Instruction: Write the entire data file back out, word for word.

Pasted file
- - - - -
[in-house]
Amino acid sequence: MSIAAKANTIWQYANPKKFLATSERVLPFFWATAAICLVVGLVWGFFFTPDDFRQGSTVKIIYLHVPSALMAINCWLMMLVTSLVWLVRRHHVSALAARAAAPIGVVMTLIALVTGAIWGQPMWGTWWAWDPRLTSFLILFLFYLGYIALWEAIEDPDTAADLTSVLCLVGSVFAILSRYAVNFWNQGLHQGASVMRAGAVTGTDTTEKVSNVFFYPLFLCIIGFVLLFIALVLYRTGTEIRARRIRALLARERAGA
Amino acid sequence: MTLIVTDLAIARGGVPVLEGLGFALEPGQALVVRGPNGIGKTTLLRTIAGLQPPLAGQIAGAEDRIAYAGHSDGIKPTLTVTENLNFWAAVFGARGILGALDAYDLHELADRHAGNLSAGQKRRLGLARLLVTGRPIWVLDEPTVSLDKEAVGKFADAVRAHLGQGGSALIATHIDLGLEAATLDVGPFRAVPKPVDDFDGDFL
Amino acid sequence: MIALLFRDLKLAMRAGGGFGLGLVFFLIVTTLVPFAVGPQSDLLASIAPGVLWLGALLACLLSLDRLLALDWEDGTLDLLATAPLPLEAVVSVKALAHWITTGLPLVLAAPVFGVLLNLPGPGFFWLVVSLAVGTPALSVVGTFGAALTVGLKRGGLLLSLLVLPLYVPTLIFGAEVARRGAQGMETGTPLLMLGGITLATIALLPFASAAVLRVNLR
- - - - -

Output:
[in-house]
Amino acid sequence: MSIAAKANTIWQYANPKKFLATSERVLPFFWATAAICLVVGLVWGFFFTPDDFRQGSTVKIIYLHVPSALMAINCWLMMLVTSLVWLVRRHHVSALAARAAAPIGVVMTLIALVTGAIWGQPMWGTWWAWDPRLTSFLILFLFYLGYIALWEAIEDPDTAADLTSVLCLVGSVFAILSRYAVNFWNQGLHQGASVMRAGAVTGTDTTEKVSNVFFYPLFLCIIGFVLLFIALVLYRTGTEIRARRIRALLARERAGA
Amino acid sequence: MTLIVTDLAIARGGVPVLEGLGFALEPGQALVVRGPNGIGKTTLLRTIAGLQPPLAGQIAGAEDRIAYAGHSDGIKPTLTVTENLNFWAAVFGARGILGALDAYDLHELADRHAGNLSAGQKRRLGLARLLVTGRPIWVLDEPTVSLDKEAVGKFADAVRAHLGQGGSALIATHIDLGLEAATLDVGPFRAVPKPVDDFDGDFL
Amino acid sequence: MIALLFRDLKLAMRAGGGFGLGLVFFLIVTTLVPFAVGPQSDLLASIAPGVLWLGALLACLLSLDRLLALDWEDGTLDLLATAPLPLEAVVSVKALAHWITTGLPLVLAAPVFGVLLNLPGPGFFWLVVSLAVGTPALSVVGTFGAALTVGLKRGGLLLSLLVLPLYVPTLIFGAEVARRGAQGMETGTPLLMLGGITLATIALLPFASAAVLRVNLR